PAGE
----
Ehlers-Danlos Syndrome kyphoscoliotic Type (EDS type VIB) [Q79.6]
Dr. rer. nat. Karin Mayer
The autosomal recessive inherited kyphoscoliotic EDS type (EDS type VI) is genetically heterogeneous. Characteristic clinical symptoms include kyphoscoliosis, muscle hypotonia, hyperextensible, thin and easy bruisable skin, atrophic scarring, hypermobility of the joints and various ocular manifestations. Furthermore, different craniofacial abnormalities, joint contractures and wrinkled palms.
In the majority of patients the disease is caused by mutations in the PLOD1 gene, which encodes for the enzyme lysyl hydroxylase 1 (LH1) and is referred to as EDS type VIA. Deficiency of the enzyme LH can be detected by an increased cross link ratio of lysyl pyridinoline (LP) to hydroxylysyl pyridinoline (HP) in the urine.
A small number of patients with an identical clinical picture exhibit an unsuspicious LP/HP ratio in the urine and no PLOD1 mutation which is referred to as EDS type VIB. In some of these patients homozygous or compound heterozygous mutations in the CHST14 gene (carbohydrate sulfotransferase 14) were identified, which codes for the dermatan-4-sulfotransferase 1 (D4ST1). The clinical phenotype of these patients with D4ST1 deficiency is also referred to as musculocontractural type. Already in 2009 mutations in CHST14 were described as the cause of adducted thumb-clubfoot syndrome (ATCS). Since it currently remains unclear if they really represent distinct clinical entities, the term D4ST1 deficient EDS was proposed. So far only 8 missense and 3 frameshift mutations in the CHST14 gene are described in the literature.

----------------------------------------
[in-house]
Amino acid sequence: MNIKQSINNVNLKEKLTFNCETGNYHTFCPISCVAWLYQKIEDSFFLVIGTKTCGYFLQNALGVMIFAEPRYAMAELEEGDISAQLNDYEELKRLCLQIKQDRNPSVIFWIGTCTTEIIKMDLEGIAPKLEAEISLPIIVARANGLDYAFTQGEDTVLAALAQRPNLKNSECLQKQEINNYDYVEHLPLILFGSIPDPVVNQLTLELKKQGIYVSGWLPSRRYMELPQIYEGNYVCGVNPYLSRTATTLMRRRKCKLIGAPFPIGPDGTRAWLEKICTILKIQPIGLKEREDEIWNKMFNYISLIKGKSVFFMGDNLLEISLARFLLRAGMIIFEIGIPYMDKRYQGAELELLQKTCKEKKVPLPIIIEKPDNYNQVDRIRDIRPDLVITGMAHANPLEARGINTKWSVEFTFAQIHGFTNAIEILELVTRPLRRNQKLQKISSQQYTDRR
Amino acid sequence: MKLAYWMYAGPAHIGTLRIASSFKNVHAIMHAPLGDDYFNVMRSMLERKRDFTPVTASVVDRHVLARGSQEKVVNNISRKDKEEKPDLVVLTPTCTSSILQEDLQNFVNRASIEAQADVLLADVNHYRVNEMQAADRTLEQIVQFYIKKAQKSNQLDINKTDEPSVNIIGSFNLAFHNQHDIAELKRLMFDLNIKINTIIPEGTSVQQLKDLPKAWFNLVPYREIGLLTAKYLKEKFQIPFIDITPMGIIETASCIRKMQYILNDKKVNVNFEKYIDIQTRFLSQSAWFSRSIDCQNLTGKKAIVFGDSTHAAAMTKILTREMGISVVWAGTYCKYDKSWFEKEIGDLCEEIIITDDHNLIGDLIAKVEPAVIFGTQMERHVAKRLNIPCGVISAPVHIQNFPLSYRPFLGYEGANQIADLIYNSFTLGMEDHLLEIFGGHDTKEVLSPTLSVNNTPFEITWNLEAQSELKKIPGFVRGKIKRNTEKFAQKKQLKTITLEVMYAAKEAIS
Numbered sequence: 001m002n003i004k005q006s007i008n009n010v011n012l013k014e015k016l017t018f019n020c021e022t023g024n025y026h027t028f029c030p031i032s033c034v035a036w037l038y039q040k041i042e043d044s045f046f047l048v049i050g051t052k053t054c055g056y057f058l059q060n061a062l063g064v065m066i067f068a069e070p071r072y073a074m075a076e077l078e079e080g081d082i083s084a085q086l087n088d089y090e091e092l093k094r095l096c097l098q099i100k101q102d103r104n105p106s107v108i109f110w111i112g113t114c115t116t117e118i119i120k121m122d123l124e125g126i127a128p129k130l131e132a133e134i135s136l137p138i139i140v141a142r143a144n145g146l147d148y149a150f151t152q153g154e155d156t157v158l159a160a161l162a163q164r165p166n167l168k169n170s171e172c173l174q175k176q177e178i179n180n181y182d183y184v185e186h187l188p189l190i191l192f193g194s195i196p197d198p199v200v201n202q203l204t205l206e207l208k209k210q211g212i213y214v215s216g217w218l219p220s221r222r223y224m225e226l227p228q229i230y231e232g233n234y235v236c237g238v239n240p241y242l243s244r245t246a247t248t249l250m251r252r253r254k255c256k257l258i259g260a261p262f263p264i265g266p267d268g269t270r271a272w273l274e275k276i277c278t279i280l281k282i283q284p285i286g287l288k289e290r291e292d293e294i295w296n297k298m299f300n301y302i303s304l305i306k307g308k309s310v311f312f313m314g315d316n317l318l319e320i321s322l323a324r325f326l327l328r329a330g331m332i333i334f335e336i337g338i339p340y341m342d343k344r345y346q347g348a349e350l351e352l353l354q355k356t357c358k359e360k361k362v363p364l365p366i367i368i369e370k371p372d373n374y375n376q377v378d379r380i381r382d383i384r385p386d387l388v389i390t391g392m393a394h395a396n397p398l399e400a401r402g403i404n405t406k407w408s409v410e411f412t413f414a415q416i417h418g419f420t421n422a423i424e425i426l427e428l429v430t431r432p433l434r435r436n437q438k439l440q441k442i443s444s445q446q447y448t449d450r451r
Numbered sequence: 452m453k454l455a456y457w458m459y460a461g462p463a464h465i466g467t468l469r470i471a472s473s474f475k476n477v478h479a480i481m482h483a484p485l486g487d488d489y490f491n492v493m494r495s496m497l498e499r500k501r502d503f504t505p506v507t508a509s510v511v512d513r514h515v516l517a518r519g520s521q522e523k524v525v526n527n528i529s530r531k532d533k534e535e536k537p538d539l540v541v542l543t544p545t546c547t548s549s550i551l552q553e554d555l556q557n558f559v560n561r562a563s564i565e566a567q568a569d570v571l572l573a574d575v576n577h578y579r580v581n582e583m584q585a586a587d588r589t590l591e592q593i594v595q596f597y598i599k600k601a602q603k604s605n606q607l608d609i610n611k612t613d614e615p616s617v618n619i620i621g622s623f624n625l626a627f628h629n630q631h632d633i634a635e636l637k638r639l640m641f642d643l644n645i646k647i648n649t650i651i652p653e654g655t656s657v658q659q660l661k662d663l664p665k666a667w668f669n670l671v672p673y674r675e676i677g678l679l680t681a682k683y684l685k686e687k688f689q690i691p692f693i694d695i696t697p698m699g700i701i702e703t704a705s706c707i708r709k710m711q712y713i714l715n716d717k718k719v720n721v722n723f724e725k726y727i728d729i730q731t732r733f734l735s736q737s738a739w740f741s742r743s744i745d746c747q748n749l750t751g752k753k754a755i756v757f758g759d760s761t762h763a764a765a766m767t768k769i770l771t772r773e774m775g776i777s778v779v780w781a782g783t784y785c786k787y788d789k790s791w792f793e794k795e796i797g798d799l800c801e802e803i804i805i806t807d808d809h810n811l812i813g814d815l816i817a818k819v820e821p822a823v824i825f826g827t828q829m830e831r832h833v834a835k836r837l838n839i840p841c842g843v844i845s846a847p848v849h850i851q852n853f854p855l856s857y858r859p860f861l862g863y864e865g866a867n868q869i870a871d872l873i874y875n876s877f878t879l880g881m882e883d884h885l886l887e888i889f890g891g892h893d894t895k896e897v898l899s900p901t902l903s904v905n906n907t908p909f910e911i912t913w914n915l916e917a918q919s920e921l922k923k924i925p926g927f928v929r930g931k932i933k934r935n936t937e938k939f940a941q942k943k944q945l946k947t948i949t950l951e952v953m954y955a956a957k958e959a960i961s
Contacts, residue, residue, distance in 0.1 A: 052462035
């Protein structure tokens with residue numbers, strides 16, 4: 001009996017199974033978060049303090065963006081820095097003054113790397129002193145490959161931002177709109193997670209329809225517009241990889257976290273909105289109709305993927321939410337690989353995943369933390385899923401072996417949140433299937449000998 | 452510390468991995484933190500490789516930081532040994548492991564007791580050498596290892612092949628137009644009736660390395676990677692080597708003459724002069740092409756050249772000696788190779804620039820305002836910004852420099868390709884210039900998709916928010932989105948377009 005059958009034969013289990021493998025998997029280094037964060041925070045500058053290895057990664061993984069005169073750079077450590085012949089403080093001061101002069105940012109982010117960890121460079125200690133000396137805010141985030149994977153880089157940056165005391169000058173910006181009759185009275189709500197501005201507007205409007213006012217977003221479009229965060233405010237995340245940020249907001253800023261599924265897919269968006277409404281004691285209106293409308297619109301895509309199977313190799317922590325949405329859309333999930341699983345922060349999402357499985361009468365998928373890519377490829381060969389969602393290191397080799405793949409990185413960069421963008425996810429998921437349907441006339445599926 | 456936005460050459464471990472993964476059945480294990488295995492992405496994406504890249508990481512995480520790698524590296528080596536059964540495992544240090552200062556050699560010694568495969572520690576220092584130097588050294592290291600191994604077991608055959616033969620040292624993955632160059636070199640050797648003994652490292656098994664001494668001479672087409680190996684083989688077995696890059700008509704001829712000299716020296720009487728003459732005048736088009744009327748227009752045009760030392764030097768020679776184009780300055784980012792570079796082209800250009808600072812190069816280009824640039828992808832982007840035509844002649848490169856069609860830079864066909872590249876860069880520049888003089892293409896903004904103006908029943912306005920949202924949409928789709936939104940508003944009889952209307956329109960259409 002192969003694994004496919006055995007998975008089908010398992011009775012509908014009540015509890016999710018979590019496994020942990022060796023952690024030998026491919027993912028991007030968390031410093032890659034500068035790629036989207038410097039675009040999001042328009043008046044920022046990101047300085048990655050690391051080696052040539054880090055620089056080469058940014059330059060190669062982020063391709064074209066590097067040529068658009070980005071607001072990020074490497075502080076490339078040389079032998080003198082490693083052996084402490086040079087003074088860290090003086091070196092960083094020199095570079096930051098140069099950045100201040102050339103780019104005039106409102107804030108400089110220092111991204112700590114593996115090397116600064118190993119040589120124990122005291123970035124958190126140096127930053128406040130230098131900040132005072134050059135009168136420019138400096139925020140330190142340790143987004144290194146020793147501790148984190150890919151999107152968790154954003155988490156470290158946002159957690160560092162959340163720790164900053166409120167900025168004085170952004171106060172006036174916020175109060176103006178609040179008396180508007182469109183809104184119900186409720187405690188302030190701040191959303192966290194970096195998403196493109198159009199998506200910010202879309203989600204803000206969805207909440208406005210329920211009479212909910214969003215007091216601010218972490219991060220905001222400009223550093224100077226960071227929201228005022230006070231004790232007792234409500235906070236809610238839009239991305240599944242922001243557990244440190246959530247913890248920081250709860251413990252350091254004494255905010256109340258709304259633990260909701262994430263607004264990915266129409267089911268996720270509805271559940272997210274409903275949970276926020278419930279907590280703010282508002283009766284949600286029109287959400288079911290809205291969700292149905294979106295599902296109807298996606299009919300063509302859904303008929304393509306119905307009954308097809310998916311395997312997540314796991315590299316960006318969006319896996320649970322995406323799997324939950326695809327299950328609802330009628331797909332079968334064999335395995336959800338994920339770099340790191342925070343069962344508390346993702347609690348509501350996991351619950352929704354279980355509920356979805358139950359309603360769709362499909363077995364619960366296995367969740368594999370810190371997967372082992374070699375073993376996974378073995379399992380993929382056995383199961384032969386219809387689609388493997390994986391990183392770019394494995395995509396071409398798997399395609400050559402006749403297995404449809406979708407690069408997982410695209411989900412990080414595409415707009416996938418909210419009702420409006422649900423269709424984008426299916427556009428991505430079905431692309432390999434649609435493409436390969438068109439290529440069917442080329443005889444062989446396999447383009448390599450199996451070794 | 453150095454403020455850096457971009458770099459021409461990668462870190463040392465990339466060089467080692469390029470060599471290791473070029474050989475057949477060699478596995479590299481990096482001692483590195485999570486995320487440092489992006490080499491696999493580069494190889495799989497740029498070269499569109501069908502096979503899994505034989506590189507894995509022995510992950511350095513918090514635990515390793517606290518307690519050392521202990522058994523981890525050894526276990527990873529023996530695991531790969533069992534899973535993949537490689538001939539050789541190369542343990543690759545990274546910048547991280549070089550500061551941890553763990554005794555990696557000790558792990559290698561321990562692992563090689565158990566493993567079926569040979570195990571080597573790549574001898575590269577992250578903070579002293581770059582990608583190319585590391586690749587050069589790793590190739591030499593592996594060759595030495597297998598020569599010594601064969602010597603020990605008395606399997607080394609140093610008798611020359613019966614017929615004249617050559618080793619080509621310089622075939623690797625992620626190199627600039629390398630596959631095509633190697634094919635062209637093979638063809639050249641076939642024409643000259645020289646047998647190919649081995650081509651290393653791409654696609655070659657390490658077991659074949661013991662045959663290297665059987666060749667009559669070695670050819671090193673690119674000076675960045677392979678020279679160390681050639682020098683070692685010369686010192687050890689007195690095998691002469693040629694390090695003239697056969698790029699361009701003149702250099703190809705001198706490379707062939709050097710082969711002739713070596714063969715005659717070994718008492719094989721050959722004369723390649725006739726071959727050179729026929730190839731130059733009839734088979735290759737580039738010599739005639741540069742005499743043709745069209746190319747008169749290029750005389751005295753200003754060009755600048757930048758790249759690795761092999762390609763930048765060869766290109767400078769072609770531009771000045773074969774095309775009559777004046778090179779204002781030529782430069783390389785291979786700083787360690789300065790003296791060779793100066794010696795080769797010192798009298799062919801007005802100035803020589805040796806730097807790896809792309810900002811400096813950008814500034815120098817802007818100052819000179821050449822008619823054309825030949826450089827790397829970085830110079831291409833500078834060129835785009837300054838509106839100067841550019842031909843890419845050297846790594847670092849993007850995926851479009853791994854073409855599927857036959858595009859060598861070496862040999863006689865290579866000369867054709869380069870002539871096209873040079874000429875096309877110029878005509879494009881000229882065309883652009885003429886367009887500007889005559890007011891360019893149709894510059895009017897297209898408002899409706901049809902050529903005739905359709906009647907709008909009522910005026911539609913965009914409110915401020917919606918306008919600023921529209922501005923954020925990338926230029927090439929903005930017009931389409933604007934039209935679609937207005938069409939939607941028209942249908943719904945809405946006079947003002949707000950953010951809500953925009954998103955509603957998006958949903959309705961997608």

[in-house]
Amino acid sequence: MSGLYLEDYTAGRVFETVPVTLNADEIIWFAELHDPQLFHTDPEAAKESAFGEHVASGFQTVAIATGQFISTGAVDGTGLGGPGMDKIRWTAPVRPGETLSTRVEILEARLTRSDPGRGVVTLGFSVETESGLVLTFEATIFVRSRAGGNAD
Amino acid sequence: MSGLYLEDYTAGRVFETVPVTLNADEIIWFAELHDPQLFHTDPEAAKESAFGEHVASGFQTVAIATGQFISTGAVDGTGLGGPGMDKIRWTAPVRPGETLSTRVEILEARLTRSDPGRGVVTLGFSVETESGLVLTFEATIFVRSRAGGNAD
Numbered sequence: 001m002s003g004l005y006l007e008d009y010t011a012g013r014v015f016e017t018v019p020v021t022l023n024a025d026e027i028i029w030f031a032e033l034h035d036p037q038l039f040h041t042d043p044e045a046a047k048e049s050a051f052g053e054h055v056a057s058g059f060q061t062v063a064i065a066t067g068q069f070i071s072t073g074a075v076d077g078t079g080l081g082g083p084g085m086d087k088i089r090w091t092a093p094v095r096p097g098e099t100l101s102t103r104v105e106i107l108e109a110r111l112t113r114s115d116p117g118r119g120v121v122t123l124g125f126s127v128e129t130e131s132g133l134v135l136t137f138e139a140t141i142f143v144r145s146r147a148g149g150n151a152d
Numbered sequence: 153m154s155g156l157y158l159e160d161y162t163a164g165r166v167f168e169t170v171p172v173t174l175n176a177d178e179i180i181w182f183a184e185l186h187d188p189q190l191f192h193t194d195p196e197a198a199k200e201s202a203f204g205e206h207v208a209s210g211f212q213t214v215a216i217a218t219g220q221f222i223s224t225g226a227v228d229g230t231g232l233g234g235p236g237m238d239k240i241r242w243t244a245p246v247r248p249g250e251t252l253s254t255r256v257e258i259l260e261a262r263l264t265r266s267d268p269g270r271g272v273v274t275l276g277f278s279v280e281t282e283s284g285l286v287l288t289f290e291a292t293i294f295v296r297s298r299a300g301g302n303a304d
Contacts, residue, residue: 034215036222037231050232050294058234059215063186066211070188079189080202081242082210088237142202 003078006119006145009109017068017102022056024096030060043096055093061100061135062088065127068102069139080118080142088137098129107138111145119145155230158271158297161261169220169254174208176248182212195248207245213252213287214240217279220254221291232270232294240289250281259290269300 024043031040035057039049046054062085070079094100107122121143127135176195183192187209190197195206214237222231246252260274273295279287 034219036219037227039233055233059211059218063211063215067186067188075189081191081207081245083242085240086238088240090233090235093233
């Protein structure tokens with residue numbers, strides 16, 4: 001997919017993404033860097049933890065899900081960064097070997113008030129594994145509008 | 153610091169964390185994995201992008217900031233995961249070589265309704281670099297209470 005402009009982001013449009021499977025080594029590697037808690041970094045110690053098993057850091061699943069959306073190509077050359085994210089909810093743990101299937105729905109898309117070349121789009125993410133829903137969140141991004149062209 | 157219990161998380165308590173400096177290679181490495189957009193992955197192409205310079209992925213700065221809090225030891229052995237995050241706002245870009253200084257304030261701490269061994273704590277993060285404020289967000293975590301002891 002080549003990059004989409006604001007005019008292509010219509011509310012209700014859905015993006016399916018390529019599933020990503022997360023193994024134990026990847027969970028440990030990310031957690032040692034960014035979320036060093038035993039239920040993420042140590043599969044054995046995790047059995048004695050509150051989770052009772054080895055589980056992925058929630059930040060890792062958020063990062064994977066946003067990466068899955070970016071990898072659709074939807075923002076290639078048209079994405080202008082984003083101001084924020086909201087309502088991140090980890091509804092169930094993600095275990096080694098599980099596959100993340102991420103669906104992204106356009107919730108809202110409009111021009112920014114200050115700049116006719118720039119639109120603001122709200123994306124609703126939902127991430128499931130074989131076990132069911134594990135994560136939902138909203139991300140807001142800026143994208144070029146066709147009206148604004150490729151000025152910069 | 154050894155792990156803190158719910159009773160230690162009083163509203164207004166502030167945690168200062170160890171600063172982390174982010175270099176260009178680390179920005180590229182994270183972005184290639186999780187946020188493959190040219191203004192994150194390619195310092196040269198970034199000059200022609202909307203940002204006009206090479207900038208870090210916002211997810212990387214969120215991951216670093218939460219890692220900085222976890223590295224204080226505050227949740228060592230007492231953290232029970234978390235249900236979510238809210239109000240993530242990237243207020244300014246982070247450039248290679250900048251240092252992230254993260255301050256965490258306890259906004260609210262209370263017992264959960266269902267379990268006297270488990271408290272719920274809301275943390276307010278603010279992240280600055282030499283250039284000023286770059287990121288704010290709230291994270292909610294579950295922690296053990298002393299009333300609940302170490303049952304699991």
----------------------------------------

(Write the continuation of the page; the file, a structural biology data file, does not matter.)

In 2012, in regard to differential diagnosis to EDS type VIA and D4ST1 deficient EDS, another autosomal recessive EDS type with unsuspicious LP/HP ratio was described: EDSKMH. Besides progressive kyphoscoliosis, muscle hypotonia, joint hypermobility, hyperextensible skin, and myopathy, sensorineural hearing loss is especially characteristic for this type of EDS. The cause of EDSKMH are mutations in the FKBP14 gene, which codes for the FK506-binding protein 14, a member of the peptidyl-prolyl isomerases (PPIs). So far only 2 distinct homozygous / 2 compound heterozygous mutations in the FKBP14 gene have been described in 5 families.